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CNBC reports that oil expert Dan Yergin said that demand and supply pressures will offset each other in the oil market, and it’s possible for prices to remain in its current range in a year’s time as countries recover from the coronavirus crisis.
“If we really do have the rest of the world recover, I think it’s reasonable to think that oil would be in that $60 to $75 range,” the vice chairman of IHS Markit said.
“That’s what the markets are telling us as the U.S. recovers, and China has already recovered,” he told.
While one trader sees prices potentially spiking to $100, Yergin’s perspective is that a lot of supply is still offline, and can meet a surge in demand as global economies recover.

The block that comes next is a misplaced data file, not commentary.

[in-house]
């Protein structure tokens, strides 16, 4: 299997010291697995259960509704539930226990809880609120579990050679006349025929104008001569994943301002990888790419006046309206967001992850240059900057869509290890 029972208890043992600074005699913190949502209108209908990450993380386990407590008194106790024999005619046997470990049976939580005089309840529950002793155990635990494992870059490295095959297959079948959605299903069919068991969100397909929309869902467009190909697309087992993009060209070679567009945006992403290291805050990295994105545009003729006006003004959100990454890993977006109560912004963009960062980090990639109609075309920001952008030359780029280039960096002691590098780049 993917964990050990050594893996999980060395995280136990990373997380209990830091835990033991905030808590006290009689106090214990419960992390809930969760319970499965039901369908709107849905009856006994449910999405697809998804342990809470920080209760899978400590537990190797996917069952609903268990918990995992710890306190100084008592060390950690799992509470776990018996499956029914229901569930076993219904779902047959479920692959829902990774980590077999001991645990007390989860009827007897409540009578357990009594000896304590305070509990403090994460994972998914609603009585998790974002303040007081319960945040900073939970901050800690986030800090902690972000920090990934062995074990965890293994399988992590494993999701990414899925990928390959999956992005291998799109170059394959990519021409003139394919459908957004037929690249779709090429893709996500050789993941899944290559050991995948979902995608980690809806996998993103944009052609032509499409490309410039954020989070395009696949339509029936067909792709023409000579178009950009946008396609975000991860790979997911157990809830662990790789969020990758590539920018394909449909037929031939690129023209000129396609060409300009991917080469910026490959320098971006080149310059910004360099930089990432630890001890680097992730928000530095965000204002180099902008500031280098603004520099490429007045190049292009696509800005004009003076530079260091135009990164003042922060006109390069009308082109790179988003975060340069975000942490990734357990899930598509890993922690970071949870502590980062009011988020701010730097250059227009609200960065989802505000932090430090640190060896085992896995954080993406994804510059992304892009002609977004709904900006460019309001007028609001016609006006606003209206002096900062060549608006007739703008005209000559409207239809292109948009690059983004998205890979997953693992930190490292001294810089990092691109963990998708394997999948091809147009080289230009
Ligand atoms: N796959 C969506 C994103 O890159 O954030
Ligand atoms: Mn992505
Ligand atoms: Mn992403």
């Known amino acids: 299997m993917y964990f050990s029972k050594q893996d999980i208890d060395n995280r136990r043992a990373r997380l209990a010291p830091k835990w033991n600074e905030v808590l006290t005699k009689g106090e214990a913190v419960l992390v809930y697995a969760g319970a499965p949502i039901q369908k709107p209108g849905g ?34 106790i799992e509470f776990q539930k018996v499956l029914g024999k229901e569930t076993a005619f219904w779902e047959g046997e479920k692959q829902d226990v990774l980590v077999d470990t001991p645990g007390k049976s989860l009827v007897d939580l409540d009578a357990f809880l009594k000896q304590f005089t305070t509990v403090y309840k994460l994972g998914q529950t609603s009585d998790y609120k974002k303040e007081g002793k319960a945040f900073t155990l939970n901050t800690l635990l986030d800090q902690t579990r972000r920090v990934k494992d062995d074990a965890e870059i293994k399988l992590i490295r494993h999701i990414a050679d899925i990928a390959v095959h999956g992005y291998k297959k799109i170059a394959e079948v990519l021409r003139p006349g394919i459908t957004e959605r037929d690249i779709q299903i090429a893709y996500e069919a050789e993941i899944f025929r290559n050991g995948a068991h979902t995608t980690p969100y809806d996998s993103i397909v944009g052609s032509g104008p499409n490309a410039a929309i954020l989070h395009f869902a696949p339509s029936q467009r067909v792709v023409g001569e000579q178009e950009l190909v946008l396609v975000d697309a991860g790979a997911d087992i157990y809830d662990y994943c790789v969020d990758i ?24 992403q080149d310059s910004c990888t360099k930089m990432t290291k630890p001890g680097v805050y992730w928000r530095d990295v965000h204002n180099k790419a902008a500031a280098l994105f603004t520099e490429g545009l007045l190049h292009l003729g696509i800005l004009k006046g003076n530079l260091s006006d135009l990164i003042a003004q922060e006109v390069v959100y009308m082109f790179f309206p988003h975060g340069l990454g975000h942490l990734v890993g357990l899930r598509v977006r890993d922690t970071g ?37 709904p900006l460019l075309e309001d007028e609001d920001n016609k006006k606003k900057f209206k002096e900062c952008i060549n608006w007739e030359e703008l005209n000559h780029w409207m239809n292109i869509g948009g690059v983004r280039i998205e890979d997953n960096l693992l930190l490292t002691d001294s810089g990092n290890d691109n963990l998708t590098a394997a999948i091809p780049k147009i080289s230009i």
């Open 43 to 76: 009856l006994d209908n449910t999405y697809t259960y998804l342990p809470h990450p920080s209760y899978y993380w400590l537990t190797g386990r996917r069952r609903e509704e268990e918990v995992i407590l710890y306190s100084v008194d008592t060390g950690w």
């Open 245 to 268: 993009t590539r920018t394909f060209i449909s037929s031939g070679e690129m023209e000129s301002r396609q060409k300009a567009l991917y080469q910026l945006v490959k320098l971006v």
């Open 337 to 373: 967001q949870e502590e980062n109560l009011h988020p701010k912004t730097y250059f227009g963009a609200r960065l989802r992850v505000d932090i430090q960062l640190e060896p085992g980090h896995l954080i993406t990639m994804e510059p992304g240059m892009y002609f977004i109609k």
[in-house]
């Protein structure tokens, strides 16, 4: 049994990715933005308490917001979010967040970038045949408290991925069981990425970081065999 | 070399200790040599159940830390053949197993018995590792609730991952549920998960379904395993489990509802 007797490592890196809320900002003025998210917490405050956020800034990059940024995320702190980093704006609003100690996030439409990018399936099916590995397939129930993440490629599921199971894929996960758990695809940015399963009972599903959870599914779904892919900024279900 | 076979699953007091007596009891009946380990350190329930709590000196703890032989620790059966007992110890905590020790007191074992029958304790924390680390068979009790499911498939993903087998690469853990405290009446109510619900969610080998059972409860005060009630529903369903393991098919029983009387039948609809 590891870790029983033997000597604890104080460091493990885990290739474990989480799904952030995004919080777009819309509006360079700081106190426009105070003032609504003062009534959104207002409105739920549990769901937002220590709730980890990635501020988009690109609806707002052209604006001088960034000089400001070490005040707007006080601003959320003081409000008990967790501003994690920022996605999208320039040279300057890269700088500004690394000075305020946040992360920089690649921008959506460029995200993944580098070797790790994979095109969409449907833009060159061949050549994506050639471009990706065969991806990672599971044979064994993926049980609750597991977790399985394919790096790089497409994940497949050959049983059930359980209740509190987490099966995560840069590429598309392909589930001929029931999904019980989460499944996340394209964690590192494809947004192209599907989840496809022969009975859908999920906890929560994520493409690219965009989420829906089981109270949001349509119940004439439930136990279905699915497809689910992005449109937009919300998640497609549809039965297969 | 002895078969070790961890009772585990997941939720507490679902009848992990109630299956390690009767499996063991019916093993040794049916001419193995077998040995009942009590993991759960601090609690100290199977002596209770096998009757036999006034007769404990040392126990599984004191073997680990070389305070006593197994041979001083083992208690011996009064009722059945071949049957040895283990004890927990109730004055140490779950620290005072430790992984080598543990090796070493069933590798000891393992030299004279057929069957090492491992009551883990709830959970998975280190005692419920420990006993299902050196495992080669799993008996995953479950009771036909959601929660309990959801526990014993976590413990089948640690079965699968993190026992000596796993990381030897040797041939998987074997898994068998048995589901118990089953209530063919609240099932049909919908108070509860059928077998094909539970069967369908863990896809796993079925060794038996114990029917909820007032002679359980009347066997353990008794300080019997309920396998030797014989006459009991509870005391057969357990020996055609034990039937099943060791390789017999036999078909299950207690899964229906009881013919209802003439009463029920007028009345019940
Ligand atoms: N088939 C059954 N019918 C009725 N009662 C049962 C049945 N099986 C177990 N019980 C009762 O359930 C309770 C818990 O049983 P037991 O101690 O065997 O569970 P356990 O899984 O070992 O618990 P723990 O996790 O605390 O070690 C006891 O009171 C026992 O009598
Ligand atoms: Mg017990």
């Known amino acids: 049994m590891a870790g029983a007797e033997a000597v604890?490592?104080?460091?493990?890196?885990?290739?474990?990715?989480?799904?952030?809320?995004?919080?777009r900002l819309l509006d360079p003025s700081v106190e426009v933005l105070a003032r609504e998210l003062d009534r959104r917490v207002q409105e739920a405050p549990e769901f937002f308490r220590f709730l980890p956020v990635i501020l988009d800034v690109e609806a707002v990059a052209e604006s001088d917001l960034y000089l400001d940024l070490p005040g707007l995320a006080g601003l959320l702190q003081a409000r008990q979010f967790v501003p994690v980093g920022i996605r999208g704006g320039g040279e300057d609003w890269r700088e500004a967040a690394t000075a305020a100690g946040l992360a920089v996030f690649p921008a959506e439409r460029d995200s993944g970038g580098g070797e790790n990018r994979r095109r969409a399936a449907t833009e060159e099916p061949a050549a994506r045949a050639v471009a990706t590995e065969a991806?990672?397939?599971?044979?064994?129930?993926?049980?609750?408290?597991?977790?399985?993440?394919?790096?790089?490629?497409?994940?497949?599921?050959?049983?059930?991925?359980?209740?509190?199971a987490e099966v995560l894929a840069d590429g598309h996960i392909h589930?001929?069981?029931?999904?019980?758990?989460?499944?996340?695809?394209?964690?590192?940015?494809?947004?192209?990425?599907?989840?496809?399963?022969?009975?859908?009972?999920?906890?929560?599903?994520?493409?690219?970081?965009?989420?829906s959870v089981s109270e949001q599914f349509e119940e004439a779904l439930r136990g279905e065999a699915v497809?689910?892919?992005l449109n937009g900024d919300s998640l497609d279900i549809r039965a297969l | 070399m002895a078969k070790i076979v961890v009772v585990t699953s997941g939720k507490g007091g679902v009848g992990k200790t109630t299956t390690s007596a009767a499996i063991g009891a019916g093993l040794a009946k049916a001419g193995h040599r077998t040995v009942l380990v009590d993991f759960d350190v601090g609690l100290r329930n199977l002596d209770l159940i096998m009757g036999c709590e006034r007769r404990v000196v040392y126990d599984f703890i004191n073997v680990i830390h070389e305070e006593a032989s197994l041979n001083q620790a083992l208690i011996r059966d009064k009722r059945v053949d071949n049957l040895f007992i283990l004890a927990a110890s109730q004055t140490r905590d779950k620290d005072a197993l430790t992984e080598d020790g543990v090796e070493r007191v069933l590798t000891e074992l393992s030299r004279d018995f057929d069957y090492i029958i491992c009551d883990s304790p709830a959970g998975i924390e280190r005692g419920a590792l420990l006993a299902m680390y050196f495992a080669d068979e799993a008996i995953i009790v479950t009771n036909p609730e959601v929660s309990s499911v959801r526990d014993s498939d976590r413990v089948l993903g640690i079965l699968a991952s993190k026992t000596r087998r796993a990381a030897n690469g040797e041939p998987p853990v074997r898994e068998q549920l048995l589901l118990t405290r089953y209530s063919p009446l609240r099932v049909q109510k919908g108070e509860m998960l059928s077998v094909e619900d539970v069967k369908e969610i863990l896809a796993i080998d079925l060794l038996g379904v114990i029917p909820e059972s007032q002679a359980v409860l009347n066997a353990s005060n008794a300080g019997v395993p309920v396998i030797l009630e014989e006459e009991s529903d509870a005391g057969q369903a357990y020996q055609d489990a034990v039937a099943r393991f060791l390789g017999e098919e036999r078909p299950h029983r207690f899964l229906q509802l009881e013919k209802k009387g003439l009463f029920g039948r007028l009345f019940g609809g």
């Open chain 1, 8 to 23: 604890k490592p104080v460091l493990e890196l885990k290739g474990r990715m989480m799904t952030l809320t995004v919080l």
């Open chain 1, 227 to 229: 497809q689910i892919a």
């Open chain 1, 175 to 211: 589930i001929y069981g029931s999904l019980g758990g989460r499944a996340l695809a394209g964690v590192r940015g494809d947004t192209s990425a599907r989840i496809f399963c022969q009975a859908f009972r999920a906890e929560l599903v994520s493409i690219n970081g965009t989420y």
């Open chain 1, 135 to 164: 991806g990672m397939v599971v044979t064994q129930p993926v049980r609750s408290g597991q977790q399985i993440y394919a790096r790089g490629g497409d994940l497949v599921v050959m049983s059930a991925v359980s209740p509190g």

“There’s still a big surplus of oil that has to be brought back into the market,” he said, noting that OPEC and its allies helped to lift prices by cutting production by nearly 10 million barrels per day.
“There’ll be offsetting pressures, and more supply would come in and we’d start to see the U.S. coming back into production again,” he said.
But Yergin acknowledged that it’s difficult to predict where prices will be, and said Europe’s recovery hangs in the balance.